Cap and fellow Avenger Natasha “Black Widow” Romanoff (Scarlett Johannson) are declared fugitives by their S.H.I.E.L.D. employers, and their former S.T.R.I.K.E. team associates—headed by brawny Brock Rumlow (Frank Grillo)—relish the chance to hunt the heroes down.

Steve suspects a computer flash drive confiscated from the steamship thugs might provide answers.  The data leads to an abandoned (but eerily familiar) army base outside New Jersey, in whose secret underground lab a certain ex-nemesis has had his cerebral functions electronically preserved.  Steve and Nat start unraveling the mystery behind the agency they thought they knew, but an air strike nearly obliterates the ambiguously romantic couple.

Fortunately, Steve’s taken in by jogging buddy Sam “Falcon” Wilson (Anthony Mackie), an Iraqi serviceman who reconciles his own war guilt by counseling other PTSD-afflicted veterans.  Sam agrees to help Steve and Natasha infiltrate S.H.I.E.L.D. and prevent the Helicarriers from triangulating and raining death along the East Coast by donning an experimental rocket pack and Da Vinci-esque wings.  Steve, Nat, and Sam—now in full-on Cap, Black Widow, and Falcon mode—are each assigned a carrier to disable and given a microchip to stop the timers.  The only thing standing in their way is, well, everything and everyone—unless Cap can convince the world otherwise.

Charged with Cold War-like paranoia, CAP 2’s darker first half out-muscles the incendiary—but less substantive—second.  It’s not easy maintaining continuity in the increasingly unwieldy Marvel cinematic universe, but the Russos and their writers somehow distill a lot of comic-borne mythology into one brisk, engaging caper replete with jaw-dropping car chases, shootouts, and fistfights.  Colbie Smothers is back as S.H.I.E.L.D. Agent Maria Hill.  Vice President Rodriguez (Miguel Ferrer) and Senator Stern (Gary Shandling) reprise their IRON MAN roles (with the latter wringing an additional chuckle from a lapel pin joke).  LOGAN’S RUN hottie Jenny Agutter returns as a World Council Member, and Marvel head honcho Stan Lee makes another now-obligatory cameo.  And the Russos do a nice job calling back Cap’s personal journey in each of his first two appearances via flashback and clever exposition:  If you forgot what happened the first time out, the film’s built-in visit to the Captain America Smithsonian exhibit will bring you up to speed on his origins. 

We were impressed with the staging and choreography of the many fight scenes, all of which evince the combatants’ hyper-athleticism and martial arts training.  The brawls happen fast and suffer from a bit of shaky cam syndrome on screen, but at least the Russos honor the laws of superhero physics:  When the physiologically superior Captain America strong-arms a “normal" human henchman or kicks a crook, they go flying as if blindsided by Mack trucks.  Steve isn’t bashful when it comes to using firearms and cutlery (he pins a gunman’s hand to a wall with a knife) but his go-to accessory is still his trademark shield, which he boomerangs off bulkheads and ricochets off rafters.  Black Widow, Falcon, and Fury get their licks in, too, and it’s downright giddy.  We lost count of how many times people jumped off building or were blown through windows.  The automobile incursions are executed with the proper balance of merriment and finesse, and Cap’s elevator fight here surpasses John McClane’s bloody escape from the “lift” at the Federal Reserve in DIE HARD WITH A VENGEANCE.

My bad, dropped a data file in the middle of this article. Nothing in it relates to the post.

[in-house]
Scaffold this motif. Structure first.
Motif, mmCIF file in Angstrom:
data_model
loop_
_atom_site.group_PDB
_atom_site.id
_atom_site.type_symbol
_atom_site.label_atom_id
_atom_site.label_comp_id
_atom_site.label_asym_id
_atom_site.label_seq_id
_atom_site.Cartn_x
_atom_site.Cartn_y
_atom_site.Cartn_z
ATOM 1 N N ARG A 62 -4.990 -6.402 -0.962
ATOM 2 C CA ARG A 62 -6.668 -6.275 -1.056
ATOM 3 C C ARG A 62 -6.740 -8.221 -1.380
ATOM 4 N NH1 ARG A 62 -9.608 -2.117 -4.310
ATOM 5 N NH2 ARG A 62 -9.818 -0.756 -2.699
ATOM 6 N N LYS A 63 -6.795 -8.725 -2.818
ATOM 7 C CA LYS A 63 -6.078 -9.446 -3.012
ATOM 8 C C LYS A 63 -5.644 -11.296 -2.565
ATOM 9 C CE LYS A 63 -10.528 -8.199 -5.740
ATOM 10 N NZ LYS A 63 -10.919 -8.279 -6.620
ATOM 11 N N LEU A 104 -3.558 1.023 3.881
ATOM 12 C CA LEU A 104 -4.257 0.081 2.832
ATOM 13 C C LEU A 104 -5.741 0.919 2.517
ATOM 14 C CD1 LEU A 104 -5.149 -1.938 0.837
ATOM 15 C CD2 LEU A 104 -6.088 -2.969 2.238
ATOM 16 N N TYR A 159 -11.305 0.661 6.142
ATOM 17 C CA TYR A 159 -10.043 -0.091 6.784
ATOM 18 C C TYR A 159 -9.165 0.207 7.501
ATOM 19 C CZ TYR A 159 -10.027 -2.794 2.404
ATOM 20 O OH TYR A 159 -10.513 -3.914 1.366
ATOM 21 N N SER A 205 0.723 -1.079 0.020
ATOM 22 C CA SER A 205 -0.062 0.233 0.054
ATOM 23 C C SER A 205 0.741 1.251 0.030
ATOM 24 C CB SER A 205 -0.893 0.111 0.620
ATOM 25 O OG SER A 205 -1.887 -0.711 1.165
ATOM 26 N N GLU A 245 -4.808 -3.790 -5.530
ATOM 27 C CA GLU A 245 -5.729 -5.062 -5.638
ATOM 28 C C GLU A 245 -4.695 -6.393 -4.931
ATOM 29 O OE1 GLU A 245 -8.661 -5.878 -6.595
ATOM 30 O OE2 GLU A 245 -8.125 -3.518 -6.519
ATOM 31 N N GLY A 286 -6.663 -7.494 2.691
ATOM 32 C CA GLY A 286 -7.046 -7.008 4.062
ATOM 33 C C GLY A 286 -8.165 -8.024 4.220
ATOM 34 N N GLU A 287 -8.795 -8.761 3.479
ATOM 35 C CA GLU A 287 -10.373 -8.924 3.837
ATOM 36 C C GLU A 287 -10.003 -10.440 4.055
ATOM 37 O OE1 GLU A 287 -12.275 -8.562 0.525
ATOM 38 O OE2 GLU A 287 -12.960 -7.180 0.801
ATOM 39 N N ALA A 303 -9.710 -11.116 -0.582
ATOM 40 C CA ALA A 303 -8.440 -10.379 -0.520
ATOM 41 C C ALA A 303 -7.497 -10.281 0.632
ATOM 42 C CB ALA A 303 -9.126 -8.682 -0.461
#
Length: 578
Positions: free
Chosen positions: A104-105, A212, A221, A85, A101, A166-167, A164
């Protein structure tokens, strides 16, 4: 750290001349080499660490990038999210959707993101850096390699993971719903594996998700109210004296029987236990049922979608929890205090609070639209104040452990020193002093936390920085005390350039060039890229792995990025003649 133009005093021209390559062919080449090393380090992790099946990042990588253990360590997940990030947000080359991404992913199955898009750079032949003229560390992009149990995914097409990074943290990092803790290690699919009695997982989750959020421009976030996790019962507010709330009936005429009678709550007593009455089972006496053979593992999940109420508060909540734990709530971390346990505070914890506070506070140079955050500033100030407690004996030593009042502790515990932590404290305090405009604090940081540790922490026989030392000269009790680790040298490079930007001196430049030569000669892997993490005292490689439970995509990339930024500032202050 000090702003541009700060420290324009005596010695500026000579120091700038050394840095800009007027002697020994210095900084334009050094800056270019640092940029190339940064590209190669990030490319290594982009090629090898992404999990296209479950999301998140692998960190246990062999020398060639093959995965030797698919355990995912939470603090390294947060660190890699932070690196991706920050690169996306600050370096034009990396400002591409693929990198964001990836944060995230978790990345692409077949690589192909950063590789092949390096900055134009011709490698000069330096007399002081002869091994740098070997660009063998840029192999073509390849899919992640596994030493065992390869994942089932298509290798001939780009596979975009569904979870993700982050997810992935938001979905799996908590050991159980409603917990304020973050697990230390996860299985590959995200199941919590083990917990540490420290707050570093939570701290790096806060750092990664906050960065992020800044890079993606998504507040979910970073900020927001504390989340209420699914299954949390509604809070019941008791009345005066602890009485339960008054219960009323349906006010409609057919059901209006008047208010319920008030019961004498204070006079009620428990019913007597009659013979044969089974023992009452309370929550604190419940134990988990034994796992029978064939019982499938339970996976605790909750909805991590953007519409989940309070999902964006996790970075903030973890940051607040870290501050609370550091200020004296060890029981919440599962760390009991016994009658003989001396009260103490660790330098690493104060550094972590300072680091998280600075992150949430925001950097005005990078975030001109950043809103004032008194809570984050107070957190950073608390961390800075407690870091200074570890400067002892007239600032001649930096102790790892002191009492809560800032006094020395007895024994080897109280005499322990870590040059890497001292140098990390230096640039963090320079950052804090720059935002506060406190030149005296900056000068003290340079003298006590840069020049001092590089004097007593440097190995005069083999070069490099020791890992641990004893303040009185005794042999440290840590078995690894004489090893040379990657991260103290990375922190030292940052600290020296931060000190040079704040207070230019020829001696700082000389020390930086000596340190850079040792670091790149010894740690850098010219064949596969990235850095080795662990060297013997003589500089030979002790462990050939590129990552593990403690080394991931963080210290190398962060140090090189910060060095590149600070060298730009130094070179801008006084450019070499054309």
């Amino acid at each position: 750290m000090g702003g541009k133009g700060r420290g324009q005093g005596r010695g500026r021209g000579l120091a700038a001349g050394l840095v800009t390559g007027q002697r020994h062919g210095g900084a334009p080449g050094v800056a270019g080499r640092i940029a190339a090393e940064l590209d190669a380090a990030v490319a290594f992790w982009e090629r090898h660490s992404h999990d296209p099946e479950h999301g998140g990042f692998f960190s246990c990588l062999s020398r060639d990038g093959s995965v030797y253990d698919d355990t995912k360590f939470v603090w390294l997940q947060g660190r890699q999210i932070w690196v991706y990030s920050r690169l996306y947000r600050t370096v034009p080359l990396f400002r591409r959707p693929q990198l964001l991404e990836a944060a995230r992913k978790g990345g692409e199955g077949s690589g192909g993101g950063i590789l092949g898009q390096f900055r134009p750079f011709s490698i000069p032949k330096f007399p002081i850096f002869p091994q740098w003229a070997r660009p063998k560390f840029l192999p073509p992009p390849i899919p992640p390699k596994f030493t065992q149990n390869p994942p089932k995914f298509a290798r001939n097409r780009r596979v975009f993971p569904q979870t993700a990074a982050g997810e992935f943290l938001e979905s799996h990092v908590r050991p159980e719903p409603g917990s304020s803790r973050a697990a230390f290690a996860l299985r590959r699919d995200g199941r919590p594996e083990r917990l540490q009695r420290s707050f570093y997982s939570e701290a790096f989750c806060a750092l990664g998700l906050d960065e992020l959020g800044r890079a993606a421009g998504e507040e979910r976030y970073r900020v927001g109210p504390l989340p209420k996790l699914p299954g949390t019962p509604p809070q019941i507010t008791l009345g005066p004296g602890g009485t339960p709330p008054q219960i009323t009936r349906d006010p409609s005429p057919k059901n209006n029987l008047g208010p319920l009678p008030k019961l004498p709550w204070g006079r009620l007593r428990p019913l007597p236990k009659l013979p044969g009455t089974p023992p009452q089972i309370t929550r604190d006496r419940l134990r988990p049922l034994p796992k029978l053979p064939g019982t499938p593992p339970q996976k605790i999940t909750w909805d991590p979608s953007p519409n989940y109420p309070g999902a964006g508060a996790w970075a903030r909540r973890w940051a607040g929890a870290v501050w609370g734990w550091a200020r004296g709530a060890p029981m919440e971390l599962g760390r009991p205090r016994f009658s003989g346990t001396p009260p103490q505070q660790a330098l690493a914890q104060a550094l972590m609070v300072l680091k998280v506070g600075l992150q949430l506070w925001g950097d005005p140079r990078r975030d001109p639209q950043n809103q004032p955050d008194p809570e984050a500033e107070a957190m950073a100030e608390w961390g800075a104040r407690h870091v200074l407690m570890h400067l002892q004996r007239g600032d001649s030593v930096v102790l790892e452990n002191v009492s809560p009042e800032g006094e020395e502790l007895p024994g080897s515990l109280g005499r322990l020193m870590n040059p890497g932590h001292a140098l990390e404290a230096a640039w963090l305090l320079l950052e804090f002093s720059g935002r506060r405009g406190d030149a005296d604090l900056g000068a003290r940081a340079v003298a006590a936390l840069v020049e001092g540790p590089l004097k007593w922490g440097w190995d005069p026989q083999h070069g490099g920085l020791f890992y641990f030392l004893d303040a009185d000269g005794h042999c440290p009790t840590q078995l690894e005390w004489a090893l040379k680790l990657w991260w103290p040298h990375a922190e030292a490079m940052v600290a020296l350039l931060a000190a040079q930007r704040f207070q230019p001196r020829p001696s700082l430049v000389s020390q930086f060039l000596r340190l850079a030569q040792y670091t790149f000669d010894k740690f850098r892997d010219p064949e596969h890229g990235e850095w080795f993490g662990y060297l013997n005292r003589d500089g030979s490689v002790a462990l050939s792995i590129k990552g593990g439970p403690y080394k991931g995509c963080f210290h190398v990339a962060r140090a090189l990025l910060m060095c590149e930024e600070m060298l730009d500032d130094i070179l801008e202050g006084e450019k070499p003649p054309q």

Cleveland comic fans will drool at the number of downtown buildings and landmarks on display.  The slugfest between Cap and Winter Soldier on Lakeside will turn the Justice Center’s front plaza into a tourist attraction.  Cap’s blown through a bus beneath the Shoreway overpass on W. 3rd (and almost reduced to Swiss Cheese by bullets).  The Fairview Bridge is the setting for a spectacular motorcycle getaway, but is barely recognizable post-CGI effects.  The intersection of E. 9th and Euclid may now be regarded as Marvel’s “ground zero” for mayhem (look for the Capital Building digitally painted in where Cleveland State’s Fenn Tower would be).   

But what resonates most about CAPTAIN AMERICA: THE WINTER SOLDIER is not its abundance of munitions, but its mature handling of trust and loyalty in tumultuous political times.  The plot reminds us that sometimes the real “villains” might ride in squad cars decorated with slogans like “To Protect and Serve,” or might even hold seats in Congress.  Bona fide “heroes” can pop up anywhere.  It’s just a matter of doing the right thing when it counts most.

Bravo, Russos.   

Oh, and be sure to hang out past the first few credits for a sneak peek at two potential new AVENGERS. 3 out of 4 stars



  1. I liked this one even more than you, Pete. Maybe not as much fun as 'The Avengers', but I think this is the best overall movie Marvel studios has made to date.

  2. Does this mean they're done filming it, and the roads are open again? I was in danger of being one of those mummified corpses later found trapped inside my house.